Affordable Care: Some plans still don’t cover pre-existing conditions

“I am 24 years old, epileptic and have not had continuous insurance throughout my college life. I finally got a job that offers insurance and they told me they will not cover my preexisting condition for a year. They also will not cover any physicals. I am dependent on medication and my low income clinic can no longer accept me. Any advice on how to get a prescription? A doctor can’t just write a prescription without know my medical info can they? Can I simply go to a doctor without being sick?”

NC Tar Heel

Dear NC Tar Heel,

One of two things has happened here:

1)      Someone has given you wrong information about your new plan’s covering your pre-existing condition.  OR

2)      Your new plan has (miraculously) not made any changes since 2010 and its annual renewal is late in 2014.

If the truth is item number two, then your plan is one of the very few “grandfathered” plans and it has escaped many health-reform requirements.  That is why they can skip covering routine physicals too.  Its escape plan will end, however, at its next renewal.

For all group plans – even those that are self-insured – the law requires them to cover all pre-existing conditions and certain preventive care services as of their first renewal in 2014.  If your plan has its annual renewal in December, for example, then you would be waiting the whole 12 months for them to cover your epilepsy.

First, I would suggest asking the plan (not the HR department) about this.  Make friends with the member services people, because you may need their help to solve your medication problem.

Ask your current clinid, your friends and family to recommend someone, or consult North Carolina’s NeedyMeds website to find a clinic.  The directory has free and sliding scale clinics and most also accept insurance.  Your plan probably also has a directory of its providers online.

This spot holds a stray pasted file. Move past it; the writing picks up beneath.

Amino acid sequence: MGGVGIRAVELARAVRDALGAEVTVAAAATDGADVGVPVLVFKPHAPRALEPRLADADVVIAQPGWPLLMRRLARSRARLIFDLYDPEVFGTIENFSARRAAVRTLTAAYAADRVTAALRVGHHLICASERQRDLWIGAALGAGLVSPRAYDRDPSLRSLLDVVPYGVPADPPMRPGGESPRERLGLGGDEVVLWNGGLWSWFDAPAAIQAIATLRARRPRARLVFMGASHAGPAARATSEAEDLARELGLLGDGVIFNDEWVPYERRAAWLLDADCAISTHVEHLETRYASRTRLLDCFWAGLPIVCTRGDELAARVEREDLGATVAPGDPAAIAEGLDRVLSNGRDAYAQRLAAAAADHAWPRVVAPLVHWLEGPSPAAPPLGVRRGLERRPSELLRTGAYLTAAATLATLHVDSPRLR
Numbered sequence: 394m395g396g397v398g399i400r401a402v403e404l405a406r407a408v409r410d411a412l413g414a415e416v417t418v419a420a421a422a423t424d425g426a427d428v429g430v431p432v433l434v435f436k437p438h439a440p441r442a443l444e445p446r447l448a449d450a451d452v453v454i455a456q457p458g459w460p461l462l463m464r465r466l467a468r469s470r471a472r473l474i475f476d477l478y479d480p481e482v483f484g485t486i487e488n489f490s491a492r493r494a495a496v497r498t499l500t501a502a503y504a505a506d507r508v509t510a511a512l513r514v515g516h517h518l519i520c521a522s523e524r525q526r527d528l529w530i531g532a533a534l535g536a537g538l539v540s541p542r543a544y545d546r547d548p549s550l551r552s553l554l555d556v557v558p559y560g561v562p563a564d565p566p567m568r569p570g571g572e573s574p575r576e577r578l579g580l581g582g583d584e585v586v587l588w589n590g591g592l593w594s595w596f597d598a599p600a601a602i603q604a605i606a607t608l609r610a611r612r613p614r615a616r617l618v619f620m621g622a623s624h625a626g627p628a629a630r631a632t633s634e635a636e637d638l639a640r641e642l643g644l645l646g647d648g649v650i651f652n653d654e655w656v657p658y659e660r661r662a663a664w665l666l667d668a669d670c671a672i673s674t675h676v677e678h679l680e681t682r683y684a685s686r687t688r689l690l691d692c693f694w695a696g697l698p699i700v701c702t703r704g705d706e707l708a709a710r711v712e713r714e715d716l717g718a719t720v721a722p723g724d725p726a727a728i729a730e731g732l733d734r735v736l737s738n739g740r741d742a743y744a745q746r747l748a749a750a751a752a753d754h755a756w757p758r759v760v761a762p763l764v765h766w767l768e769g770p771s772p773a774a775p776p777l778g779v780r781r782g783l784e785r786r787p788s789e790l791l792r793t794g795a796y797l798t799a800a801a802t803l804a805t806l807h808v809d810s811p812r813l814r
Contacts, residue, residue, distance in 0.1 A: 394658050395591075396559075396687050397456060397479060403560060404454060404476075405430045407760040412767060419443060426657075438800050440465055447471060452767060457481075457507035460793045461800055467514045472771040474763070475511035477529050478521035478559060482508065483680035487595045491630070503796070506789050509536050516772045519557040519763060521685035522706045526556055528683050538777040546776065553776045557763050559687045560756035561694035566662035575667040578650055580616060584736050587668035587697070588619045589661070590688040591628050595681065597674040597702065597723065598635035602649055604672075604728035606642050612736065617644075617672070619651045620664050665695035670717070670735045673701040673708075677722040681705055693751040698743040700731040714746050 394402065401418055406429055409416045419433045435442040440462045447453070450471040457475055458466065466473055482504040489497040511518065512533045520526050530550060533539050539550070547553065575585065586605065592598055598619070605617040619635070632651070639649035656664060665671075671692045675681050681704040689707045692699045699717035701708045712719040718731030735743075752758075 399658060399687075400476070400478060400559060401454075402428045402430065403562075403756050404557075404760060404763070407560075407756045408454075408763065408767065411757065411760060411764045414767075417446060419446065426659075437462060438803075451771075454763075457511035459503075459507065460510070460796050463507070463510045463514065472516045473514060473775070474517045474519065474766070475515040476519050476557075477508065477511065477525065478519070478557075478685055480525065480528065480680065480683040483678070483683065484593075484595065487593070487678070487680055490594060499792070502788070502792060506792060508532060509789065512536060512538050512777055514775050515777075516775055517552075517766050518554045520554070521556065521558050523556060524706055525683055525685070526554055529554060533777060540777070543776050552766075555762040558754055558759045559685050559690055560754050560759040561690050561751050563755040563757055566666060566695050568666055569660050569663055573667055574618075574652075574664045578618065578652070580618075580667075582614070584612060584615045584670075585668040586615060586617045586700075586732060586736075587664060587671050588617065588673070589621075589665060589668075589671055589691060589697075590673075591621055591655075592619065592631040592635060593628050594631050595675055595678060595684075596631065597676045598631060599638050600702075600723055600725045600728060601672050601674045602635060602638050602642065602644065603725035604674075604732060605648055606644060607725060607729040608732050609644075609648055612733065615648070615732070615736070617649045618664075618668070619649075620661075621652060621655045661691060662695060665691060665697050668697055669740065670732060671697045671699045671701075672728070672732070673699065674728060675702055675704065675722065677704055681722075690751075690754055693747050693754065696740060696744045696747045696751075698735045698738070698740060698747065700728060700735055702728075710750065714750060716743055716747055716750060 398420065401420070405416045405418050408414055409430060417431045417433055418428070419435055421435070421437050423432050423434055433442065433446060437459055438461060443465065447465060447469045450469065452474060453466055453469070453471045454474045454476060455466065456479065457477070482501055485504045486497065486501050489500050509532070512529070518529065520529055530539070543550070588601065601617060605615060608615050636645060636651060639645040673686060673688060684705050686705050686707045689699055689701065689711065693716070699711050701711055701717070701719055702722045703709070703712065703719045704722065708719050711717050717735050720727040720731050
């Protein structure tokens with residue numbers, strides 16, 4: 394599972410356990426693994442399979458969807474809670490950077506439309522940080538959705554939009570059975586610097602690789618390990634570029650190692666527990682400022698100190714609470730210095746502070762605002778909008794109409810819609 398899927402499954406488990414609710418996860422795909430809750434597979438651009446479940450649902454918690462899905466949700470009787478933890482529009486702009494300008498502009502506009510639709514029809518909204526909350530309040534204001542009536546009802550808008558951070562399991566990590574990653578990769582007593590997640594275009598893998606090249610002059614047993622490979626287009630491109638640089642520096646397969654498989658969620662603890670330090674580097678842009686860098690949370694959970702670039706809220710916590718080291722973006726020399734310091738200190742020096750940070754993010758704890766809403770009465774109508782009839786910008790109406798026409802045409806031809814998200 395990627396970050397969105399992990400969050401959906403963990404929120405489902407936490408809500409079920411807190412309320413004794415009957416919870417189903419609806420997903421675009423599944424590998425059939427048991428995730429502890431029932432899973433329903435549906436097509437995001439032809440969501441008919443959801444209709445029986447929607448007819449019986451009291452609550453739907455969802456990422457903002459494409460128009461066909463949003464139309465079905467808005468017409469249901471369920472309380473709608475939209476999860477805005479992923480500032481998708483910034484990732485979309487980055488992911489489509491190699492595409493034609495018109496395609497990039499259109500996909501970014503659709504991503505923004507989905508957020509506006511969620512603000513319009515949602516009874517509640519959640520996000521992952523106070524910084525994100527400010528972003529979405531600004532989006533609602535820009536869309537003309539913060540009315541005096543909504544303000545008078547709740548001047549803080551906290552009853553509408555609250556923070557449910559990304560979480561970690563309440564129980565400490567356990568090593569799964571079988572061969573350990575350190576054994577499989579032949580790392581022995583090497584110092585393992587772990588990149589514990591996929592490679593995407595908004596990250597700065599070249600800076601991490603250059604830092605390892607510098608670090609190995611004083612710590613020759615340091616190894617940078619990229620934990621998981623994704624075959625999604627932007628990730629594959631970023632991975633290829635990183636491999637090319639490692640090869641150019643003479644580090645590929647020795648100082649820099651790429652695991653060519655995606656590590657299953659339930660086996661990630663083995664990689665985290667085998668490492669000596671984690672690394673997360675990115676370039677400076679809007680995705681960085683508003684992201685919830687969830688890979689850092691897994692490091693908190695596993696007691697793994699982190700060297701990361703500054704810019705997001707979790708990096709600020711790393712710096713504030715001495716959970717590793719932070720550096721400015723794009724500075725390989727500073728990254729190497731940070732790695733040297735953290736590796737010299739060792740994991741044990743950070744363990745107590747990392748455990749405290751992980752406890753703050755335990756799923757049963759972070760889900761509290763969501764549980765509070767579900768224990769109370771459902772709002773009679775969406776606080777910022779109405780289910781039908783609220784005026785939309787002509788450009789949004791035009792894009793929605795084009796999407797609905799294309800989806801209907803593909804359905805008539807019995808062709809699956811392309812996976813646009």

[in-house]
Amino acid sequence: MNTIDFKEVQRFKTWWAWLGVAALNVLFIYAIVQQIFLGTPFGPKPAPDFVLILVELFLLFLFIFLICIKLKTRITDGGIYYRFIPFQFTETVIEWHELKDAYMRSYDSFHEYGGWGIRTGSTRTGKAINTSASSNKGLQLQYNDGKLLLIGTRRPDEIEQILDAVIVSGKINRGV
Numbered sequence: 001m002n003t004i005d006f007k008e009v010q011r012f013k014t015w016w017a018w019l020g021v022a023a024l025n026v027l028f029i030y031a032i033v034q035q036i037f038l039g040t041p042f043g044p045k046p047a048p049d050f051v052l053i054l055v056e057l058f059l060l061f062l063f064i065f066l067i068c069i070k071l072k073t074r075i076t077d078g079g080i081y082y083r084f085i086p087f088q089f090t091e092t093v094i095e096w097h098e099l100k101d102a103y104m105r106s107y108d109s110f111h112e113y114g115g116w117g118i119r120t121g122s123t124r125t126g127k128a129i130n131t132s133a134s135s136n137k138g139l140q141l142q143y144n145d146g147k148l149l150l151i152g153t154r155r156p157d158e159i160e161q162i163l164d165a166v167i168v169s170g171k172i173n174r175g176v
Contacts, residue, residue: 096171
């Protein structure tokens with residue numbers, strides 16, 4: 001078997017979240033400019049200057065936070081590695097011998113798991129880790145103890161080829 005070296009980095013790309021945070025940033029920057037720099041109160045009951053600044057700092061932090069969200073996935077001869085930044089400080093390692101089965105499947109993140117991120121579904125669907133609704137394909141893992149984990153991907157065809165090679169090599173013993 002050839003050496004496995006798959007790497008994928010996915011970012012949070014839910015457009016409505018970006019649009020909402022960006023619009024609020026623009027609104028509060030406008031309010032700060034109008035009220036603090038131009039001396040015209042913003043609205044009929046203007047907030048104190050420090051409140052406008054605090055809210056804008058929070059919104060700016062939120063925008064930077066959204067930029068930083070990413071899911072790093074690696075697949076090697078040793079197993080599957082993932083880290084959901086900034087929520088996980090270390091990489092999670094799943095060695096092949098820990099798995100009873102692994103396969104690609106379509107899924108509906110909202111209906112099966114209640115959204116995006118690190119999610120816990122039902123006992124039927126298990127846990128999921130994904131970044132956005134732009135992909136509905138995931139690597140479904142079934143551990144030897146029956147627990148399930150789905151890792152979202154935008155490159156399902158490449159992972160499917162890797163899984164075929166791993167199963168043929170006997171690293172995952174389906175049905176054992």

Yes, you can see a doctor without being sick; it would not be a routine physical.  It would be a medication management visit.  Make sure you are clear with the office staff what you need so that you don’t end up getting charged for the visit.

Before your visit to your new doctor, go to the website for your medication’s manufacturer.  The NeedyMeds website also has links to assistance programs by drug makers.  These programs vary widely.  Some require that you have no insurance; others require that your insurance not cover your medication.  (This is where your friends in member services can help you: you may need a letter stating that the plan will not cover your drugs.)

Find out if you qualify for your drug’s program.  It will help to know this before you see your doctor, in case you need to talk about alternative medicines.  The doctor or the office staff may also have some ideas for you.

Your new job might also offer you a flexible spending account, which lets you set aside tax-free dollars to pay for medical costs.  If you do end up having to pay all or part of the cost of your medicines, you could at least pay it in tax-free dollars.

Congratulations on getting a new job with benefits!

Recommend this article
Linda Riddell

About Linda Riddell

A published author and health policy analyst with 25 years’ experience, Linda Riddell's goal is to alleviate the widespread ailment of not knowing what your health plan can do for you.